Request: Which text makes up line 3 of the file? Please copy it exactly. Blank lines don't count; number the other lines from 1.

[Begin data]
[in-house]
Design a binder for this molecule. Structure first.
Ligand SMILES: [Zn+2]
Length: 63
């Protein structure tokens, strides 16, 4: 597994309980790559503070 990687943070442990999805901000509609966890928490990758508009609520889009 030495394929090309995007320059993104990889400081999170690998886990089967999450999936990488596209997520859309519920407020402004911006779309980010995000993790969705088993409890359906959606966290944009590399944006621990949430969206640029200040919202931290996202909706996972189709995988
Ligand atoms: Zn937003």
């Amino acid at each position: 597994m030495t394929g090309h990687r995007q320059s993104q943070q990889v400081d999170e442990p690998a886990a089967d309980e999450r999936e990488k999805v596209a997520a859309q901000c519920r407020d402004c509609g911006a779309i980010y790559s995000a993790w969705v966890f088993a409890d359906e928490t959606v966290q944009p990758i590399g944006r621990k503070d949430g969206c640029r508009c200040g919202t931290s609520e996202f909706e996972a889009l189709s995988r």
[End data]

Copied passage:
Ligand SMILES: [Zn+2]